Few news reports have infuriated me as much as the one coming out of Alabama, where the state legislature’s plan to redraw congressional districts was recently approved by a divided United States Supreme Court. Since 1790 the federal government has conducted a census every 10 years. Based on the resulting population statistics, each state is allocated a certain number of seats to the House of Representatives. With the number of representatives fixed at 435 since 1912, individual states gain and lose representatives over time.
The states are responsible for redrawing the new districts within their own borders. Each district is supposed to have roughly equal population so that no group of people is over- or underrepresented. Sad to say, corruption and conflict-of-interest are at the very heart of the process. Because they are dominated by one of the two parties, a Republican state house, for example, will draw the boundaries to ensure that Republicans dominate the state’s congressional delegation, thereby badly skewing election results. Democrats quite happily do the same in the states they dominate.
This is known as gerrymandering, after Massachusetts Governor Elbridge Gerry, who signed a bill in 1812 creating a bizarrely-shaped district wrapping around Boston which, on the map, resembled a salamander. More recently, the Illinois General Assembly created a district encompassing two distant neighbourhoods in Chicago connected only by a thin line running down Interstate 294.
Because democracy is supposed to give voice to citizens, the process whereby they make their voices heard is crucial to the long-term health and viability of a political system. But Alabama, despite its African-American population amounting to almost 27 percent of the total, redrew its districts so that only one out of seven has an African-American majority, reducing their proportionate voice by nearly half. This was the result of a Republican legislature attempting to ensure that the state elected Republicans to Congress.
How to remedy this? There are two possibilities. The first is to establish Canadian-style electoral boundaries commissions to draw the new districts. In this country three members are appointed for each province, two by the Speaker of the House of Commons and one by the chief justice of the relevant province. Such commissions are supposed to be impartial and certainly not biased towards any particular political party. The law carefully sets out the rules governing what we call redistribution to ensure that Canadians are fairly represented within the parameters of our first-past-the-post electoral system.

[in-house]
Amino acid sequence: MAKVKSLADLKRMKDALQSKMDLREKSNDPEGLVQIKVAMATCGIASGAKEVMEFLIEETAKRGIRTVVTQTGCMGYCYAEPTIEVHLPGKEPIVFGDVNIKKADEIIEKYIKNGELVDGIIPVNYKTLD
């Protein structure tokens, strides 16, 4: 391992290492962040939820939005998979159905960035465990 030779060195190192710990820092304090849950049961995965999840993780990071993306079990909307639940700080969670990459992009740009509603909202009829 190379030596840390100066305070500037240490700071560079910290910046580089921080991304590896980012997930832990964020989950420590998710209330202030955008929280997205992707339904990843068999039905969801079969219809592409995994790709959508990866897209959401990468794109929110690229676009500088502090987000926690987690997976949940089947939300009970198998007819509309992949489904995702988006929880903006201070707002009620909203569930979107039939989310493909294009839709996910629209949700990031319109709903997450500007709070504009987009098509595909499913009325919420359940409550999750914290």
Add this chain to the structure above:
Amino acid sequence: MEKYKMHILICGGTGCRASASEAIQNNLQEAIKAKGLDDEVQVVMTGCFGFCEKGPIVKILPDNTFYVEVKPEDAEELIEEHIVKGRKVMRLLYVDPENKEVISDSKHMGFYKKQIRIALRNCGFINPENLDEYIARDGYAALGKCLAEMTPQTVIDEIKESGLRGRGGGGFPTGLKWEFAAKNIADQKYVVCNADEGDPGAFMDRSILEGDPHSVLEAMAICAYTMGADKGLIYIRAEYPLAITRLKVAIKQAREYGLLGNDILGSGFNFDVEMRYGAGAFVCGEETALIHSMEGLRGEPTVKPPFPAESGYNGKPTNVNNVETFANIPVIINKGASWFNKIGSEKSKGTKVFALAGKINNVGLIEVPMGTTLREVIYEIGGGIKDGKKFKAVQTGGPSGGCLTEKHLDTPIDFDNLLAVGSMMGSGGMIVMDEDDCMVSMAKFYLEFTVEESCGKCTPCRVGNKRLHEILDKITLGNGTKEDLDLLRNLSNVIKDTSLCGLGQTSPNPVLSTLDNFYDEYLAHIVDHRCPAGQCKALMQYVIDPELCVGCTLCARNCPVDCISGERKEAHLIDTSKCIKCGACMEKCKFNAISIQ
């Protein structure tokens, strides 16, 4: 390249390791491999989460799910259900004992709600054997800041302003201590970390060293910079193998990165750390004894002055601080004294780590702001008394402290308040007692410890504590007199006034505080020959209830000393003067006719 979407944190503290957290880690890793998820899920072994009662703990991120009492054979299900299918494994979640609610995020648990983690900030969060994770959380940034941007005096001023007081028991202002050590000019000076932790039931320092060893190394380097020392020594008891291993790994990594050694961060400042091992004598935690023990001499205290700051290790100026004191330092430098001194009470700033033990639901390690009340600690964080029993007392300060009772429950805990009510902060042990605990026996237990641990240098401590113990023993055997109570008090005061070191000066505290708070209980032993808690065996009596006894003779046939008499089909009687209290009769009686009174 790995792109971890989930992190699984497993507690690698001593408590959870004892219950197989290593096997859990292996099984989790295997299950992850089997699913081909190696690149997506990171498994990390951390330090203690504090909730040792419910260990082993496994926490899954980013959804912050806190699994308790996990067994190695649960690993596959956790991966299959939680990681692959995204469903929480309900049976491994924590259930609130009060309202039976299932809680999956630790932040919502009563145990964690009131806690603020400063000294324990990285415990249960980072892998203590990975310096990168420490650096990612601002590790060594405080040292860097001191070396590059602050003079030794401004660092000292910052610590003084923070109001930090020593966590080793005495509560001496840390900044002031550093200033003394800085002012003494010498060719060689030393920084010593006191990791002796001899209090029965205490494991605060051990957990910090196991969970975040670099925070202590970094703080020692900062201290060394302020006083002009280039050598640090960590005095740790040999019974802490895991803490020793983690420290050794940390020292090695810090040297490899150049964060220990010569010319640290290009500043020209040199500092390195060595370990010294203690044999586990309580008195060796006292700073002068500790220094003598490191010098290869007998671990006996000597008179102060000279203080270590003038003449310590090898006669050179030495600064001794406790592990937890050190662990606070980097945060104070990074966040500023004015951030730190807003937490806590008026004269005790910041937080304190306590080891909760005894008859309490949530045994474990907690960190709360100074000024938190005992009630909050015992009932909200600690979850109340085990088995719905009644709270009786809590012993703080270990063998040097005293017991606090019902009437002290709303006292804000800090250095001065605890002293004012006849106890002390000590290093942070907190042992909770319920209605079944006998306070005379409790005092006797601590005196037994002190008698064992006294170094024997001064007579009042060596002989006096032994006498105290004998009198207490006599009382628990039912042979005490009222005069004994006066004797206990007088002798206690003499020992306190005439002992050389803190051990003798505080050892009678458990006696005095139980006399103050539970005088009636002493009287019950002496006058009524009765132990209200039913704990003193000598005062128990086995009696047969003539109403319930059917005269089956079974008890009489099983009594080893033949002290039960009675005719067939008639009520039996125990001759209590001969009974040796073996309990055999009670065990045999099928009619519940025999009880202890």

The second possibility would see Americans adopting some form of proportional representation (PR) on a state-by-state basis. A straight party list system would have voters choosing, not a local candidate, but a list determined by party leaders for the state. This means that if 45 percent of California voters chose a Democratic list, 23 or 24 seats out of the state’s 53 representatives would go to Democrats. In Alabama, African-American voters, who generally favour Democrats, would likely send two Democratic representatives to Washington.
However, given the size and diversity of the U.S., and given Americans’ attachment to their local communities, a form of PR that takes this into account would be better. Germany’s mixed-member-proportional (MMP) system does this very well by retaining the best of our current system, dividing the country into so many electoral districts and allowing citizens a second vote for a party list. MMP would add an element of proportionality to a state’s congressional delegation.
In New Zealand it took a political crisis to move voters there to adopt PR. Given the current polarization in the US and the severe dysfunction in the two major parties, the time may finally have arrived to consider another way—one that would allow other parties to gain representation in Congress, thereby making for fairer representation in states like Alabama.
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